You can organise your personal digital library from your iPad but you do need to scan each piece in, which you can easily do using the scanner within the app. There’s also a tool for purchasing music from a publisher, although currently only via Universal Edition. You can, however, also export your scores as a PDF, including all of your annotations. The library is possibly simpler to use than forScore’s, which makes it more attractive to me when adding all my scores to the app. On top of that, the app’s premium version allows you to import more and access the collaborative, screen-sharing feature.
But it’s also great being able to talk to someone in the Newzik team who will help musicians, orchestras and schools by visiting and giving them much-needed advice and support.
If you want a more extensive and diverse range of scores, I suggest you head to Nkoda – probably the most useful app for me. It has an outstanding library of over 100,000 titles from over 100 publishers which, as a pianist, is a useful and slightly addictive feature.
No sooner had I downloaded the app than I received a welcome email from Kieran, who went on to suggest repertoire and playlists, from Einaudi to Puccini – quite eclectic choices for a pianist, but a nice, if slightly unusual touch.
Nkoda describes itself as ‘a Spotify for sheet music’, a pretty accurate summary. Like most of the available apps you can annotate scores, bookmark pages and create playlists. If you are a collaborative pianist, needing to carry numerous scores, Nkoda would no doubt prove invaluable.
At £9.99 per month or £99 per year, I’d say it’s aimed more at the professional musician who is constantly needing to learn new repertoire.
forScore and Nkoda have some similarities, but overall I’d say forScore is more about the extras, whereas Nkoda’s big sell is its range of individual pieces.
Piascore is another free app that’s easy to access. It shares a lot of features with forScore and Newzik, who are probably its main competitors.
I decided to download a Chopin nocturne and work on it, leaving my own paper score by the piano for reference. I loved the way you can split the score to make page turning easier, which would be hugely helpful for anyone learning the piece. One of my favourite features was its 3D metronome, like those wooden ones we used to own that usually had a mind of their own! If it appeals to you, the cheeky little metronome will hover over your score like a stern piano teacher, reminding you to keep in time.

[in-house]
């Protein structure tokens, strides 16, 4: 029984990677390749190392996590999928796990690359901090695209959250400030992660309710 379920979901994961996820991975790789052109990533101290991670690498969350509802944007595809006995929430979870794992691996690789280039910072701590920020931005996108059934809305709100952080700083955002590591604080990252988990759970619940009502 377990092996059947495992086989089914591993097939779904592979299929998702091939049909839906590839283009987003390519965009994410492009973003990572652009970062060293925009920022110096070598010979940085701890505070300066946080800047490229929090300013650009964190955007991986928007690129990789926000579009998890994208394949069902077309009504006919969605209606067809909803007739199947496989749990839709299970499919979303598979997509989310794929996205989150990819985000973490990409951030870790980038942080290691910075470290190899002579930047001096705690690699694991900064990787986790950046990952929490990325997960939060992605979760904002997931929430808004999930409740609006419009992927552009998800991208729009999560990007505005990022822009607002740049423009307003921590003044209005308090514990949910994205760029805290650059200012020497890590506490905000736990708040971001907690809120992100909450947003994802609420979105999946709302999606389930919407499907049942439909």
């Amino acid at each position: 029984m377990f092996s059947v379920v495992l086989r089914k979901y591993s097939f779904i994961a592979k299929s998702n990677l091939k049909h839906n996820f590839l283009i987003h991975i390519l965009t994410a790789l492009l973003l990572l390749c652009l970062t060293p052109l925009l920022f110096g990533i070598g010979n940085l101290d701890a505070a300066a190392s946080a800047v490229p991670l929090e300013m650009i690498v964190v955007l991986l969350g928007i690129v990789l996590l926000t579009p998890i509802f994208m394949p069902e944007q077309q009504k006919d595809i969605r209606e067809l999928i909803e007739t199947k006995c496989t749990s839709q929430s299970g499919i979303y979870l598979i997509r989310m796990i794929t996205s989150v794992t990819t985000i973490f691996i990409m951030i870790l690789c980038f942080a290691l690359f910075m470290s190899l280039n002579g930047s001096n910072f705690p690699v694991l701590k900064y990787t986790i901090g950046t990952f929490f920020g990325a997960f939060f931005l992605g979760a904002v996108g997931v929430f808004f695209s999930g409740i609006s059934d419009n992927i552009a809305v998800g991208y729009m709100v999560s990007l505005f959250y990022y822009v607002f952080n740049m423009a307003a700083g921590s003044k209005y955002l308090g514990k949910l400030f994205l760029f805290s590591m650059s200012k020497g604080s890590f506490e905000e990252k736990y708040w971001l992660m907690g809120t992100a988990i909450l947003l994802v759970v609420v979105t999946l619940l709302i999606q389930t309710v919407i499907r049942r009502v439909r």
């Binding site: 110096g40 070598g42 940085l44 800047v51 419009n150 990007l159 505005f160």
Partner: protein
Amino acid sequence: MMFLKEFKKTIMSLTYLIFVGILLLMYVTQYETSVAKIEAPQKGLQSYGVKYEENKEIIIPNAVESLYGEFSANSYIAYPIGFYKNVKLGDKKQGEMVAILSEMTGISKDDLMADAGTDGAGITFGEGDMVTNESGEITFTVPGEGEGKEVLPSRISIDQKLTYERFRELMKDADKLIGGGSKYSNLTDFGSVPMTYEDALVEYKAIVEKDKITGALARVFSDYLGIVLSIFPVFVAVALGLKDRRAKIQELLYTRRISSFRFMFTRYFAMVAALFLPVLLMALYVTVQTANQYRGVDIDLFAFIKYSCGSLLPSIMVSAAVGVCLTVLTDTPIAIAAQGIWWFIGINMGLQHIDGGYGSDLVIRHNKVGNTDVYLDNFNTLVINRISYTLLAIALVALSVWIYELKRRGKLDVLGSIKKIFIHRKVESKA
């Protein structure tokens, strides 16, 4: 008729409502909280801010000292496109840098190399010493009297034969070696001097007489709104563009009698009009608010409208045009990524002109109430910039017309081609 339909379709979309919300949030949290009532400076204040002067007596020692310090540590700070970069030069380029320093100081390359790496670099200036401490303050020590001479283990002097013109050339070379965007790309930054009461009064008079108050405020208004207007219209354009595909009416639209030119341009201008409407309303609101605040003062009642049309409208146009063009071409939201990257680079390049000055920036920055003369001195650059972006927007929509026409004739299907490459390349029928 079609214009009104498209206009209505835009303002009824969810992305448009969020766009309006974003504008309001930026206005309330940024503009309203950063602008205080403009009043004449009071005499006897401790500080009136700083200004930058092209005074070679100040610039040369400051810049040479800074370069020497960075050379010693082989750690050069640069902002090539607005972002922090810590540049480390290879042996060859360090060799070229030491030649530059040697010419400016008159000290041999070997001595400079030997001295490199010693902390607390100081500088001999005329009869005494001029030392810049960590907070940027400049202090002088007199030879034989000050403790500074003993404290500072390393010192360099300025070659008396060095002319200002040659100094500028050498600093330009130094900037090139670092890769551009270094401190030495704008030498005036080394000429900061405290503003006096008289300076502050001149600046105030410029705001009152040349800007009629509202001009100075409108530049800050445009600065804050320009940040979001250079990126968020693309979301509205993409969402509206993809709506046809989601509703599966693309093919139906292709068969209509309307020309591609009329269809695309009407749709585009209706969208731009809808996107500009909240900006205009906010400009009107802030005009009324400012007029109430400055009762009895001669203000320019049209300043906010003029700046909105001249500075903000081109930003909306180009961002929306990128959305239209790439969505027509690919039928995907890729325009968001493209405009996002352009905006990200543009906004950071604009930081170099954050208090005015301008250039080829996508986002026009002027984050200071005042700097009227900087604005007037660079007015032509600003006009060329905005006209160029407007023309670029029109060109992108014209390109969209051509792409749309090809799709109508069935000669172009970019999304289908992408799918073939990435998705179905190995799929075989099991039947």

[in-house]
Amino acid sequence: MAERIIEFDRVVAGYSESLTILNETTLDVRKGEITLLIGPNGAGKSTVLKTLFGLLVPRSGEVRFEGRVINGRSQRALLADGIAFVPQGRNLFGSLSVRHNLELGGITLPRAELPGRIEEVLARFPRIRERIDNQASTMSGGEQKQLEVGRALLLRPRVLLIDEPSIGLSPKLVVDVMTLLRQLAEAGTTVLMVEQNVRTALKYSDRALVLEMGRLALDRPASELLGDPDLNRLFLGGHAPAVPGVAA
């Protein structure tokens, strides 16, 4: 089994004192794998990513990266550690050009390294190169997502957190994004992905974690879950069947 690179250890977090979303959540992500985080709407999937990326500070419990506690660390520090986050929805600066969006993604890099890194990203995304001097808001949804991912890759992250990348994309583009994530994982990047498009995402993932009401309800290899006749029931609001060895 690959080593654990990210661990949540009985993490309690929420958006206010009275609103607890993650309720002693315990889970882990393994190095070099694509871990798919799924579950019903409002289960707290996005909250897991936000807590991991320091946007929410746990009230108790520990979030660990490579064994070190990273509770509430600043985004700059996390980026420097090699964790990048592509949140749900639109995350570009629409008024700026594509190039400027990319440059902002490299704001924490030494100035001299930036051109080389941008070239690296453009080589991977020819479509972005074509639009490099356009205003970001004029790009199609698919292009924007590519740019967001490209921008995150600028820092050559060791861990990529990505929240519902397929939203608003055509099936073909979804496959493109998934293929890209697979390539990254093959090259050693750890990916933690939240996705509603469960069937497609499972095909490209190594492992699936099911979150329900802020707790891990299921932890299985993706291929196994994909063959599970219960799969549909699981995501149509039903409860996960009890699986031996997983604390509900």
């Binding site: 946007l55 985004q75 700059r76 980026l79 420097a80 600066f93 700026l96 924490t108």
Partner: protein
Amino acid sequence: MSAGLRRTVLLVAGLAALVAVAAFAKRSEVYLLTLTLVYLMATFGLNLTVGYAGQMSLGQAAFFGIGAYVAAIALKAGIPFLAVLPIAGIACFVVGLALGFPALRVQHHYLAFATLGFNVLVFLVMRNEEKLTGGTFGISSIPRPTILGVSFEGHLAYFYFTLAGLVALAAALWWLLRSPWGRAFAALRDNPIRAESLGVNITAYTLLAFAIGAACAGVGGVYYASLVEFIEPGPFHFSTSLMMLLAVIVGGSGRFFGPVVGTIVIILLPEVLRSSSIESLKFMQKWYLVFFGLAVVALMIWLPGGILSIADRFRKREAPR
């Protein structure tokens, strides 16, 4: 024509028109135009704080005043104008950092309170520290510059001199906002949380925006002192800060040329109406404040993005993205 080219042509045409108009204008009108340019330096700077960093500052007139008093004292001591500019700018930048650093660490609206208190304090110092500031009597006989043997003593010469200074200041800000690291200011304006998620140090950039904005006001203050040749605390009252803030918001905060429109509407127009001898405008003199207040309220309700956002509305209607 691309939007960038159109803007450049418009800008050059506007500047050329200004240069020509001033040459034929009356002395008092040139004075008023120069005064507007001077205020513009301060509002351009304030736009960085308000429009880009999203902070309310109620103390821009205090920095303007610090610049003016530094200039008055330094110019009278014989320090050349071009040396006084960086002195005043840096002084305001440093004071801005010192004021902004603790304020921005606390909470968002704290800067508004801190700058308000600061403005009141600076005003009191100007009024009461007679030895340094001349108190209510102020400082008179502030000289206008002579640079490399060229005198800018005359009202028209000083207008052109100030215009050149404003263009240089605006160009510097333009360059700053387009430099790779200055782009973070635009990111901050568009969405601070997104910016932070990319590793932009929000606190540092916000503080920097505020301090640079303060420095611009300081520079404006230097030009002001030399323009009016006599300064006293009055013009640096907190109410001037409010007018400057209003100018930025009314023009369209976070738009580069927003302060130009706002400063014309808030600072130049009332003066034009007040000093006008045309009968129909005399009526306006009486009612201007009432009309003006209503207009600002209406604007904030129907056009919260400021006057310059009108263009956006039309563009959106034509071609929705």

Upgrades bring more functions and storage opportunities – £3.99, for instance, brings you its score-sharing function, music tools (keyboards, tuner) and unlimited camera capturing.
Like most other apps, you can keep your music library in an alphabetical list for easy reference. If you own the latest iPhone or an iPad Pro or later, you can use your facial gestures for page turning – wink and your page will turn!
Playscore initially seemed complicated to open and install – it wasn’t immediately clear how to get into the app. But once I’d conquered that, it was brilliant and cleverly constructed. Take a picture of the score and the app will play it for you – with all the dynamics in place – at a tempo and instrumentation of your choosing.
As well as being fun to play with, this part of app reminded me (with some nostalgia) of an up-to-date version of the play-along Music Minus One recordings. But it’s absolutely vital that the quality of your original scan is high enough to get the best playback results.
You can access scores directly from ISMLP (International Music Score Library Project), or by exporting and sending them to Playscore 2 (Playscore 2 professional costs £29.99 for a year). I was bowled over by the ability to change a score’s instrumentation for a completely different playback, which I did with a string quartet. Totally brilliant.
Playscore is a great musical tool that behaves more like a musical spreadsheet. This means it’s perfect for sharing marked-up parts with others. Whether you’re a choirmaster, conductor or orchestral manager, it’s a real time-saver, and I can see many ways that this app could be indispensible.
Many of these apps share a multitude of similar functions with some working a degree or two more smoothly than others. But they’re all worth downloading as their costs are quite competitive. I gained a good deal of pleasure from simply roaming around each app and trying out its array of functions.
I’d definitely use the iPad for travelling and reference, and after living with one for a few months, I’m even happy to report I’ve turned a major corner in using it on the platform. I’m not sure I’m at the stage of using it for a major concert appearance, but at a more intimate event or chamber recital, you might even catch me on stage, winking for the page turns!
This article appeared in the April 2020 issue of BBC Music Magazine.